Fanning is next, with its US 66 Outpost and the "World's Largest Rocking Chair" out front. Rocking and rolling on to Rolla, this small town features their version of "Stonehenge," a half-scale replica that could only be found on Route 66.

The drive through the pretty Ozark Mountains (mostly on I-44) features one of the better Route 66 "detours," thanks to the ten-mile stretch of original roadway that leads to and from the 1923 Devil's Elbow Bridge over the curving Big Piney River. Next, there's the Old Stagecoach Stop Museum in Waynesville.

Look for the Route 66 Museum at the Laclede County Library and the Munger Moss Motel in Lebanon. Phillipsburg features stops at Redmond's World's Largest Gift Store (we'll take their word for it) and Redmond's Candy Factory on the way to Springfield-which one of the better city stops on Route 66.

Traces of the original roadway are still visible in downtown Springfield along Kearney Street, Glenstone Avenue, College and St. Louis streets, and on Missouri 266 to Halltown. Gleaming chrome in mom-and-pop diners, the stone cottages of tourist courts, and the many service stations along this route saw America fall in love with the open road. Springfield also mixes its past with the future, as historic Route 66 borders downtown's Jordan Valley Park.

Explorers coming through Springfield can choose from two Route 66 options: driving through the colorful downtown area (recommended), which is the site of the city's square and several historic events, or bypassing the city on the north side (and essentially missing almost all that Springfield has to offer). Downtown's Route 66 Information Center is a great place to pick up a Route 66 scavenger hunt, learn about Route 66 history and other things to see and do in Springfield, and even pick up a souvenir from your trip.

The city's sprawling Bass Pro Shops Outdoor World is the first and largest Bass Pro retailer in the world. The store features more than 300,000 square feet of retail space, an art gallery, huge aquariums, firing range, the NRA National Sporting Arms Museum, a four-story waterfall, Hemingway's Restaurant, and a coffee shop for fueling up on caffeine before hitting the road again.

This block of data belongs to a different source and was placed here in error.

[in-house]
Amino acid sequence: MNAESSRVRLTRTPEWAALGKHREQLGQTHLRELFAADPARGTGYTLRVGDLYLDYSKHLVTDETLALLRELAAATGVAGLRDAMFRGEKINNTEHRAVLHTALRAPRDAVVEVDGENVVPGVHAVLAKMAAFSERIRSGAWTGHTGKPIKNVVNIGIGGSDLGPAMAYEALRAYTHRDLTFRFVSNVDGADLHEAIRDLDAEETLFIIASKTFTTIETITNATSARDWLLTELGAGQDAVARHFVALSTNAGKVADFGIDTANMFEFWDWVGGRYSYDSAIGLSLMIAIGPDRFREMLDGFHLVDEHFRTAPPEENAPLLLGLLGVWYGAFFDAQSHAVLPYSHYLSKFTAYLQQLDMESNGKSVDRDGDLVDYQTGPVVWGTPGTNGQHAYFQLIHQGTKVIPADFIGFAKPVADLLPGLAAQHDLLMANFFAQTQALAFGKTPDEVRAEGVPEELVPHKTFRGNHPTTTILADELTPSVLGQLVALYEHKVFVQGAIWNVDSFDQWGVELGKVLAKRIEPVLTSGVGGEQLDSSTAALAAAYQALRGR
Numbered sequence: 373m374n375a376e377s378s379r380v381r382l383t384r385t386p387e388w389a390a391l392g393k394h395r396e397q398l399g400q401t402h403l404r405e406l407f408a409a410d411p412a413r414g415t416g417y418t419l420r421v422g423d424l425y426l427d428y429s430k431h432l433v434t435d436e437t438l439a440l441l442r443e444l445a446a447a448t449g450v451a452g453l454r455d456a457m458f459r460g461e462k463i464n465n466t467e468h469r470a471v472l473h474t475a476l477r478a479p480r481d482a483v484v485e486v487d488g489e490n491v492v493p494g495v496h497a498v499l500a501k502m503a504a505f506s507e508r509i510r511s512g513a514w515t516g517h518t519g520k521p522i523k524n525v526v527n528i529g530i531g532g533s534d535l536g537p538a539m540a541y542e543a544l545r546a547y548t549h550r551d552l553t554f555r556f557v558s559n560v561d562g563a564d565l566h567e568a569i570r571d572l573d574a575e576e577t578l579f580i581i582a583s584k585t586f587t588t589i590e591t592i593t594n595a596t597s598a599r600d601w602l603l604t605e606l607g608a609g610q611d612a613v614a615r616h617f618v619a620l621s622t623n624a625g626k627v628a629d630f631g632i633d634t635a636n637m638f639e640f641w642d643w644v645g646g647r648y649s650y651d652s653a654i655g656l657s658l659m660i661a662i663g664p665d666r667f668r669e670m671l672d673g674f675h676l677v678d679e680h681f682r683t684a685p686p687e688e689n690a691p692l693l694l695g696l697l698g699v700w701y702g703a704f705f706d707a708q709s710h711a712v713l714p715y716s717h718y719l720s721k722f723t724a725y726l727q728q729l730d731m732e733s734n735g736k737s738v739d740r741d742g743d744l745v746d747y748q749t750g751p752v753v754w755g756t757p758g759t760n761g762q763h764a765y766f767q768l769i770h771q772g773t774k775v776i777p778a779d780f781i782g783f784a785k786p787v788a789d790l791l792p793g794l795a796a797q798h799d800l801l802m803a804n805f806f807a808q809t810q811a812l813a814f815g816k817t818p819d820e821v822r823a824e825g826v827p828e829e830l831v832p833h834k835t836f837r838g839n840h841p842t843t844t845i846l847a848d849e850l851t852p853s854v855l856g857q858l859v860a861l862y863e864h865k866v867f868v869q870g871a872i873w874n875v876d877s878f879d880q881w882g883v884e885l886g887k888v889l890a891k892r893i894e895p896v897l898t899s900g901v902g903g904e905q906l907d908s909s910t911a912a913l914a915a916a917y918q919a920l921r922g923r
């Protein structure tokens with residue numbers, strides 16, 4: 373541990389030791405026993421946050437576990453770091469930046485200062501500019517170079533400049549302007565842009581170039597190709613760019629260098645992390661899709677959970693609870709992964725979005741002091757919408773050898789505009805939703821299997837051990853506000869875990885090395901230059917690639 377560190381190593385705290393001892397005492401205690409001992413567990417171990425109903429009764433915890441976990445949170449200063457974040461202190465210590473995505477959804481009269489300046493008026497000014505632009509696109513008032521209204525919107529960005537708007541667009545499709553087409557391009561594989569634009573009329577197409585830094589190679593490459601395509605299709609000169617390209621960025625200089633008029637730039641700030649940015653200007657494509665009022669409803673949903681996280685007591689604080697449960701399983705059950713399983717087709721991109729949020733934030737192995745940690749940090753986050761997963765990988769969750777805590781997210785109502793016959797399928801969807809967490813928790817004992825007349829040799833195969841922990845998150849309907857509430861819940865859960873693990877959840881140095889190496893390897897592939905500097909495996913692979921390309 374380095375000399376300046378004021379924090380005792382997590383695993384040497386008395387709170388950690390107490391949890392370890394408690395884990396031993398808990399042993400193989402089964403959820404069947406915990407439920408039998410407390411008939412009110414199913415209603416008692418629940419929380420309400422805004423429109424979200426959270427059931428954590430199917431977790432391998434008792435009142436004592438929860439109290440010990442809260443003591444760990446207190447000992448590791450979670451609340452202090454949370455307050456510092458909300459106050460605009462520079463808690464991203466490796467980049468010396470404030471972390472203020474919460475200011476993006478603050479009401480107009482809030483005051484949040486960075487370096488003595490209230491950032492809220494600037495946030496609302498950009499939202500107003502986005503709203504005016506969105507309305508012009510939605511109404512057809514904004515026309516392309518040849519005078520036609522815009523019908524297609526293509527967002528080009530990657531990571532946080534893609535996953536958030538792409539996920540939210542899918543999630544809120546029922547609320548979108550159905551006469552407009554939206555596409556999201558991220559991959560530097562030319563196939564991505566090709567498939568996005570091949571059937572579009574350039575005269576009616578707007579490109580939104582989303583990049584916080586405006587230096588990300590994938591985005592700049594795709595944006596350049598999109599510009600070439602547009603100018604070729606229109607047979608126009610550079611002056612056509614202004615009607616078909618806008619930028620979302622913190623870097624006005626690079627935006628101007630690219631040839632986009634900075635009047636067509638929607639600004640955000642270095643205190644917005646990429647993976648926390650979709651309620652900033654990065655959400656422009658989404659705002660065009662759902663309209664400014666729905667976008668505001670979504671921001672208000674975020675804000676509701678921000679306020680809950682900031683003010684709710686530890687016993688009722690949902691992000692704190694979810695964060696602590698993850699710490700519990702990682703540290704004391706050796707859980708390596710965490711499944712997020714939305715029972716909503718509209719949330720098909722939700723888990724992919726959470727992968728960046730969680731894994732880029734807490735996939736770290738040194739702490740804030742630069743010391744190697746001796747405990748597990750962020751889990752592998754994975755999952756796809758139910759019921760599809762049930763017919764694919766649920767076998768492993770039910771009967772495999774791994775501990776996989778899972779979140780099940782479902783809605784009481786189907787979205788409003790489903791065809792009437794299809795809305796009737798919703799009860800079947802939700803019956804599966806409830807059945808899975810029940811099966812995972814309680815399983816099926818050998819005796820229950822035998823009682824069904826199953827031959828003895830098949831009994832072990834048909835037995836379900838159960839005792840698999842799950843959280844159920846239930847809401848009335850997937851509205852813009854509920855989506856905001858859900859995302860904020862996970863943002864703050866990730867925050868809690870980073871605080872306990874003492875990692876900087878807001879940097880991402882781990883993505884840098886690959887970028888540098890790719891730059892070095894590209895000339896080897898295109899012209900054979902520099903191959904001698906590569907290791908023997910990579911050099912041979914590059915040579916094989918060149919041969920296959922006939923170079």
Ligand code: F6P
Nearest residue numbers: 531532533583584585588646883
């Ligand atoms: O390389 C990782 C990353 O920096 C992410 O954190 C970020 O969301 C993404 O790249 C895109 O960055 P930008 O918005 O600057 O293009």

In Paris Springs, look for the restored Guy Parita Sinclair Station. Carthage was the home of Marlin Perkins, host of Mutual of Omaha's "Wild Kingdom." Look for Boots Motel and Iggy's Diner. Finally, an original stretch of Route 66 leads into Kansas through Joplin.


Though just over 13 miles in length, the typical Route 66 drive through Kansas has several excellent options. In Galena, look for the Kan-O-Tex station (now referred to as "Cars on the Route"), with many "Cars" film connections. Next, Riverton stops can include Nelson's Old Riverton Store (formerly Eisler Brothers Grocery and Deli), which also served as a source of inspiration for the "Cars" film, and Marsh Arch Bridge (also known as Rainbow Bridge). In Baxter Springs, be sure to check out the Phllips 66 station, which serves as a museum and info center, and the Route 66 Soda Fountain.


At 400-plus, "The Sooner State" offers up more original drivable Route 66 miles than any other state. Beginning in the east, the bucket list of roadside attractions include the murals of Quapaw; the Coleman Theatre and Waylan's KuKu Burger in Miami; the boyhood home of Mickey Mantle in Commerce; the Afton's Buffalo Trading Post and Afton station; a nearby one-lane "Sidewalk Highway" stretch; Vinita's Clanton's Cafe; Foyill's restored Totem Pole Park; Claremore's Will Rogers Memorial; and, just 15 miles outside Tulsa, Catoosa's much-photographed Blue Whale.

Route 66 zooms right through Tulsa proper, and though the city has blossomed around and over the Historic Route 66, drivers will find great stops at Praying Hands statue at Oral Roberts University, the huge Golden Driller statue, the Meadow Gold sign, the New Atlas Grill in the 1922 Atlas Life Building, The Campbell Hotel, a historic boutique offering right on Route 66, and Weber's Root Beer.

West of Tulsa and just west of Sapulpa, the 1920s Rock Creek Bridge is definitely stop-worthy, as are towns like Bristow and Stroud, where the Skyliner Motel and stone Rock Cafe still welcome travelers (owner Dawn Welch inspired the character of 'Sally' the Porsche in "Cars").

Next, Chandler features the Route 66 Interpretive Center, a Phillips 66 station, the Lincoln Motel, and Seaba Station Motorcycle Museum. Heading toward Oklahoma City, look for the giant round red late-1800s barn and, soon thereafter, soda pop-crazed POPs--home of 12,000 soda pop bottles and hundreds of soda pop flavors (like bacon, corn, and peanut butter). You can't miss it, just look for the 66-foot-tall soda bottle bedecked in LED lights.